The Truth About the Internet {From a Teen's Perspective}

My first kid graduated from our homeschool this past Spring and is now at "home" in a college seminary 10 hours away. Before he left, I was curious... 

Well? How did it go? I mean... how did we do, son? Did your Dad and I completely miss the mark on anything? Or... at least did we not completely miss the mark on all things?"

That was my version of an exit interview and I peppered him with detailed questions. After all, there are 7 other kids after him. If I screwed up badly with him, I want to know so that I can fix it. I know that an 18-year old won't have all those answers but there were some questions that I knew he'd be able to help with. 

Up first? THE INTERNET. Tell me what you know, boy, and make it snappy. I have lots of little souls to love and technology is a beast. These were the conditions for answering:

  • There would be no negative repercussions for fully honest answers.
  • Your audience is mostly adult Christian men, women, and clergy.

So... here is my brief interview with my (then) 18-year old graduating homeschool high school senior:


I did not fully understand the dangers of the internet when I was young, probably because I didn't grow up in a time with wifi or tablets or smartphones. Therefore, when I did become exposed to new technology, it took me longer to learn their true capabilities. Unfortunately, kids growing up post-2010 (after the invasion of the iPad) do not have the same lack of familiarity with tech; my 3-year old sister has basic knowledge of tablets that surpasses that of my grandmother.


Of course, this question can only answered in retrospect. Hindsight is 20/20! Yet, I would say:

  • Failing to monitor bedtime/nighttime internet usage, and
  • Providing inadequate control on devices due to lack of technical knowledge


Speaking as a teen, unless mom or dad works as a computer professional, the kids almost always know more about the hidden settings and capabilities of an iPad or phone than the parents. It's easy to convince mom that she's secured the device or that the internet is effectively blocked or that Bobby's new app is benign. Parents: never assume you know more than your child. Believe me.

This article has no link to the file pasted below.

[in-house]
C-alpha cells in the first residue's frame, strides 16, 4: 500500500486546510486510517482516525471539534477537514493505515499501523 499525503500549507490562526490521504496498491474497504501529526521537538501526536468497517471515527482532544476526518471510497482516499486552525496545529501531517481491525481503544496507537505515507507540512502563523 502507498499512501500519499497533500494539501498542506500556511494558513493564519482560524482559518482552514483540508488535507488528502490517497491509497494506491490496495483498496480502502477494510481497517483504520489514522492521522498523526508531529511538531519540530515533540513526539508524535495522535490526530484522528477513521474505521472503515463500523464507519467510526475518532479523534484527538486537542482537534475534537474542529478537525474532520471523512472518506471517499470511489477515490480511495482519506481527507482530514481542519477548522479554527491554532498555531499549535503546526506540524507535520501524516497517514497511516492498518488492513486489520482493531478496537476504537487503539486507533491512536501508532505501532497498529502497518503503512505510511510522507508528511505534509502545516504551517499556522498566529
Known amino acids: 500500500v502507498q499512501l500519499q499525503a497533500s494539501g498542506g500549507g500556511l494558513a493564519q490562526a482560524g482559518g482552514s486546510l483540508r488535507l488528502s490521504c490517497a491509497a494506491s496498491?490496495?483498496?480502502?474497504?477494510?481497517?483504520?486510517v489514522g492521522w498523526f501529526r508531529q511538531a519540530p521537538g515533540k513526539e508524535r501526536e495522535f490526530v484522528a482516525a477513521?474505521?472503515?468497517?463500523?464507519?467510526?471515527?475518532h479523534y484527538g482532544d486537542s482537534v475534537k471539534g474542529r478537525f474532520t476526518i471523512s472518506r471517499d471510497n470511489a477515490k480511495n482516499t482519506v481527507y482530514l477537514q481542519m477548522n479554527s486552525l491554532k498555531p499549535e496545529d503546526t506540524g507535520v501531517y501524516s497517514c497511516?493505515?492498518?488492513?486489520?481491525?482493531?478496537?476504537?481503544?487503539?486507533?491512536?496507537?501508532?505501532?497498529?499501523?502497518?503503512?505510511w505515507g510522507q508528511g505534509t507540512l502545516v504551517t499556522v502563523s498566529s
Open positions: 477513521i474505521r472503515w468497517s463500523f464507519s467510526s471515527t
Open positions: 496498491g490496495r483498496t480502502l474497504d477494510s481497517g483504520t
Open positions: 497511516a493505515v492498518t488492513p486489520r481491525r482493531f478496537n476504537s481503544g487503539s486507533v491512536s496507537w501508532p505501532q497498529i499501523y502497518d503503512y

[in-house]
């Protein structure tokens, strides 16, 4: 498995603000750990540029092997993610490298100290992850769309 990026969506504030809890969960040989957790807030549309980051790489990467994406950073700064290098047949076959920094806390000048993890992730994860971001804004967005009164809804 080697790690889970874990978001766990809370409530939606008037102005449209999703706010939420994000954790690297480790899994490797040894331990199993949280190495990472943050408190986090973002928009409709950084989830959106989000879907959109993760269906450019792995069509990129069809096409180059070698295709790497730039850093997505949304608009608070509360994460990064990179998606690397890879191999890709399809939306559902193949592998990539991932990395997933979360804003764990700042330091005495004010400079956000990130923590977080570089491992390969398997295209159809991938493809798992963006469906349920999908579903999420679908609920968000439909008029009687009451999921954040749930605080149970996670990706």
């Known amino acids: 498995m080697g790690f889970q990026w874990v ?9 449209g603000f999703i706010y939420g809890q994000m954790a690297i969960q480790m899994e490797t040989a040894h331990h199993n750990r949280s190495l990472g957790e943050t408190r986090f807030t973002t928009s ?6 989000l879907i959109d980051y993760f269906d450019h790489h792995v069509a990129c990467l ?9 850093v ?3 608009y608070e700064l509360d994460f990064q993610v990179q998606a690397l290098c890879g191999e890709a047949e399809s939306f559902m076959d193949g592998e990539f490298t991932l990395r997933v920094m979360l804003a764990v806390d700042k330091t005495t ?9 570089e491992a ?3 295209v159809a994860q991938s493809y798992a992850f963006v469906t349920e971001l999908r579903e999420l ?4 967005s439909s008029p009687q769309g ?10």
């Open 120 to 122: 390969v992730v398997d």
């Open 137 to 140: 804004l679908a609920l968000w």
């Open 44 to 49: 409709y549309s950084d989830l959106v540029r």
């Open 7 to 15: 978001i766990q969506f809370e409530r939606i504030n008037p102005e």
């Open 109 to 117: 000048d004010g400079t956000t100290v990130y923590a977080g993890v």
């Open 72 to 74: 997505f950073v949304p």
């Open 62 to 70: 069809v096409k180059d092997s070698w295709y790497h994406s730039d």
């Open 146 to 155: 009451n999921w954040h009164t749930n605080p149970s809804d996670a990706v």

Simply put, the abundance of portals that exist make it difficult to monitor. As a parent, you likely have thousands of details in your brain, so much minutiae to keep track of, that one little electronic device often goes unnoticed. If a thing doesn't exist to the mind, it's dreadfully easy to hide. If you're trying to internet-proof your home, make a literal list of every internet capable device in the house and be able to account for their whereabouts at all times (and the whereabouts of the charger -- almost more important!!).

Aren’t sure if a device is childproof or even internet-capable? Find out. Educate yourself. Technology isn’t that hard to understand if you want to.

P.S. In addition, portals can be found outside the home in the form of friends. This is one area that my parents have not made many mistakes with me. The solution is, truly, to curate your child’s friends list. Sound harsh? I’m a survivor; trust me, your kid will live: they might even thrive. But this is a topic for someone else to write about.


This questions sort of flows with the next... so I’ll try to combine the answers.


As a parent, I would probably allow any children above these ages to own a piece of technology, with two caveats:

  1. The device in question did not have cellular connectivity (e.g. no smartphones or 3G/4G/5G enabled tablets)

  2. The device was prepared in advance by me, with all necessary parental controls enabled

There were more questions but the kid had stuff to do and I let him off the hook. What he said was sufficient. I know very well how I screwed up with technology and I'm constantly trying to manage it in the home. Open the door... slam the door... open the door... stick a toe out... get it stepped on... pull back. I can't tell you how much I detest the internet and it's prominent place in my life and in culture.